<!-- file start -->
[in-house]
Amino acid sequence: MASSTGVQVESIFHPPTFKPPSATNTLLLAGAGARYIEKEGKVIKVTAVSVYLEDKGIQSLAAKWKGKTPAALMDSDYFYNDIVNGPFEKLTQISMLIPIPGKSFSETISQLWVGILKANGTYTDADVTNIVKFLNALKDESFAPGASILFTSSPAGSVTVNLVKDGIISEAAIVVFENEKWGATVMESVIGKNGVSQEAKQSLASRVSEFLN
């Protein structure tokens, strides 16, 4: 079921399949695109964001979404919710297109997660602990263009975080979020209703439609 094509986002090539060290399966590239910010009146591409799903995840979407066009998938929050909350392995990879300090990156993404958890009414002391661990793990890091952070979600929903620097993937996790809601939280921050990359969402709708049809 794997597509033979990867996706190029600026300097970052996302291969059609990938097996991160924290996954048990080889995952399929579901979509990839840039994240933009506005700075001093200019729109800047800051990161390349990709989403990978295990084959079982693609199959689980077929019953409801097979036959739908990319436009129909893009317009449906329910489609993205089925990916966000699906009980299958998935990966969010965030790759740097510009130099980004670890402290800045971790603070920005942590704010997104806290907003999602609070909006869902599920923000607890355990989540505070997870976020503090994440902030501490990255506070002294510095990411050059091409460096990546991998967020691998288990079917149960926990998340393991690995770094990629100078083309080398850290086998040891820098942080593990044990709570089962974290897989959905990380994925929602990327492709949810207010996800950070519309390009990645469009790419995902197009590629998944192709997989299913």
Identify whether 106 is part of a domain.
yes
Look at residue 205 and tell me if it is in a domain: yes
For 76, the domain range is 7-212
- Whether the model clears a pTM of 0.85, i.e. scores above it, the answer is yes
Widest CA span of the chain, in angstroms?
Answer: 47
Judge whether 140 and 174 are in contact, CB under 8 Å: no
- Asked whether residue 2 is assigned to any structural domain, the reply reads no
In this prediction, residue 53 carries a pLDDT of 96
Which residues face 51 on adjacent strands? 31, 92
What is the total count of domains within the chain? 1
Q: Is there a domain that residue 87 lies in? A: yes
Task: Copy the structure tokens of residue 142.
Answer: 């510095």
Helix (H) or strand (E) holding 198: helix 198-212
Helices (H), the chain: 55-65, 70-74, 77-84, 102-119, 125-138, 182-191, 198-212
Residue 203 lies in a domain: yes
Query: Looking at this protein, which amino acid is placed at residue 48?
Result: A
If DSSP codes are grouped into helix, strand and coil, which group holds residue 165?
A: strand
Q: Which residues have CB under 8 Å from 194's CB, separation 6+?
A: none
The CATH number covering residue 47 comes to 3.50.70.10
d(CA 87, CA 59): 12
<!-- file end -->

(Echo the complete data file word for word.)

[in-house]
Amino acid sequence: MASSTGVQVESIFHPPTFKPPSATNTLLLAGAGARYIEKEGKVIKVTAVSVYLEDKGIQSLAAKWKGKTPAALMDSDYFYNDIVNGPFEKLTQISMLIPIPGKSFSETISQLWVGILKANGTYTDADVTNIVKFLNALKDESFAPGASILFTSSPAGSVTVNLVKDGIISEAAIVVFENEKWGATVMESVIGKNGVSQEAKQSLASRVSEFLN
């Protein structure tokens, strides 16, 4: 079921399949695109964001979404919710297109997660602990263009975080979020209703439609 094509986002090539060290399966590239910010009146591409799903995840979407066009998938929050909350392995990879300090990156993404958890009414002391661990793990890091952070979600929903620097993937996790809601939280921050990359969402709708049809 794997597509033979990867996706190029600026300097970052996302291969059609990938097996991160924290996954048990080889995952399929579901979509990839840039994240933009506005700075001093200019729109800047800051990161390349990709989403990978295990084959079982693609199959689980077929019953409801097979036959739908990319436009129909893009317009449906329910489609993205089925990916966000699906009980299958998935990966969010965030790759740097510009130099980004670890402290800045971790603070920005942590704010997104806290907003999602609070909006869902599920923000607890355990989540505070997870976020503090994440902030501490990255506070002294510095990411050059091409460096990546991998967020691998288990079917149960926990998340393991690995770094990629100078083309080398850290086998040891820098942080593990044990709570089962974290897989959905990380994925929602990327492709949810207010996800950070519309390009990645469009790419995902197009590629998944192709997989299913």
Identify whether 106 is part of a domain.
yes
Look at residue 205 and tell me if it is in a domain: yes
For 76, the domain range is 7-212
- Whether the model clears a pTM of 0.85, i.e. scores above it, the answer is yes
Widest CA span of the chain, in angstroms?
Answer: 47
Judge whether 140 and 174 are in contact, CB under 8 Å: no
- Asked whether residue 2 is assigned to any structural domain, the reply reads no
In this prediction, residue 53 carries a pLDDT of 96
Which residues face 51 on adjacent strands? 31, 92
What is the total count of domains within the chain? 1
Q: Is there a domain that residue 87 lies in? A: yes
Task: Copy the structure tokens of residue 142.
Answer: 């510095």
Helix (H) or strand (E) holding 198: helix 198-212
Helices (H), the chain: 55-65, 70-74, 77-84, 102-119, 125-138, 182-191, 198-212
Residue 203 lies in a domain: yes
Query: Looking at this protein, which amino acid is placed at residue 48?
Result: A
If DSSP codes are grouped into helix, strand and coil, which group holds residue 165?
A: strand
Q: Which residues have CB under 8 Å from 194's CB, separation 6+?
A: none
The CATH number covering residue 47 comes to 3.50.70.10
d(CA 87, CA 59): 12